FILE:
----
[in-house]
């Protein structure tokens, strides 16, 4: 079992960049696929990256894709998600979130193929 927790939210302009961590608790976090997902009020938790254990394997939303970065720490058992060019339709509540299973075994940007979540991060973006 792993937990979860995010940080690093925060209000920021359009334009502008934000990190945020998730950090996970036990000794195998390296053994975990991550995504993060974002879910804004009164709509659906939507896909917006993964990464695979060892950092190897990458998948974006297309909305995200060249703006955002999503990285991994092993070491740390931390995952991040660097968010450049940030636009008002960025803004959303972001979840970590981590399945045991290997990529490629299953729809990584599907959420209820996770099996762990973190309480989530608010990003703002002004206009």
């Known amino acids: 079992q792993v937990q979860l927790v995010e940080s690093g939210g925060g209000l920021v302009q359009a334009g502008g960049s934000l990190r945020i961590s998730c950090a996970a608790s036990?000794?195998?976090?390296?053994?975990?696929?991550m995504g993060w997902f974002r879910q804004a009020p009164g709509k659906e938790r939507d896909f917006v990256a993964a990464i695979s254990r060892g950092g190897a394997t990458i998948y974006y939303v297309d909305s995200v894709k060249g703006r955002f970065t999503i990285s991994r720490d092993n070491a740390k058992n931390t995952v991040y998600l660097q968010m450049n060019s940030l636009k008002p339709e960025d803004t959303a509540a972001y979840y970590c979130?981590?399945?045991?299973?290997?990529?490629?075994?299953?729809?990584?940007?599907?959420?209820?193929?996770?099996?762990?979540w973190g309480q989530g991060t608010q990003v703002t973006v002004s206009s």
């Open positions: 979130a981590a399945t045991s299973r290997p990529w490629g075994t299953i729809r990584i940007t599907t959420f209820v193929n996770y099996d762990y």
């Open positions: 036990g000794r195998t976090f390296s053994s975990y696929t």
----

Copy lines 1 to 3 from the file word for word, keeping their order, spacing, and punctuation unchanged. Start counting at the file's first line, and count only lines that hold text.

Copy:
[in-house]
């Protein structure tokens, strides 16, 4: 079992960049696929990256894709998600979130193929 927790939210302009961590608790976090997902009020938790254990394997939303970065720490058992060019339709509540299973075994940007979540991060973006 792993937990979860995010940080690093925060209000920021359009334009502008934000990190945020998730950090996970036990000794195998390296053994975990991550995504993060974002879910804004009164709509659906939507896909917006993964990464695979060892950092190897990458998948974006297309909305995200060249703006955002999503990285991994092993070491740390931390995952991040660097968010450049940030636009008002960025803004959303972001979840970590981590399945045991290997990529490629299953729809990584599907959420209820996770099996762990973190309480989530608010990003703002002004206009």
């Known amino acids: 079992q792993v937990q979860l927790v995010e940080s690093g939210g925060g209000l920021v302009q359009a334009g502008g960049s934000l990190r945020i961590s998730c950090a996970a608790s036990?000794?195998?976090?390296?053994?975990?696929?991550m995504g993060w997902f974002r879910q804004a009020p009164g709509k659906e938790r939507d896909f917006v990256a993964a990464i695979s254990r060892g950092g190897a394997t990458i998948y974006y939303v297309d909305s995200v894709k060249g703006r955002f970065t999503i990285s991994r720490d092993n070491a740390k058992n931390t995952v991040y998600l660097q968010m450049n060019s940030l636009k008002p339709e960025d803004t959303a509540a972001y979840y970590c979130?981590?399945?045991?299973?290997?990529?490629?075994?299953?729809?990584?940007?599907?959420?209820?193929?996770?099996?762990?979540w973190g309480q989530g991060t608010q990003v703002t973006v002004s206009s």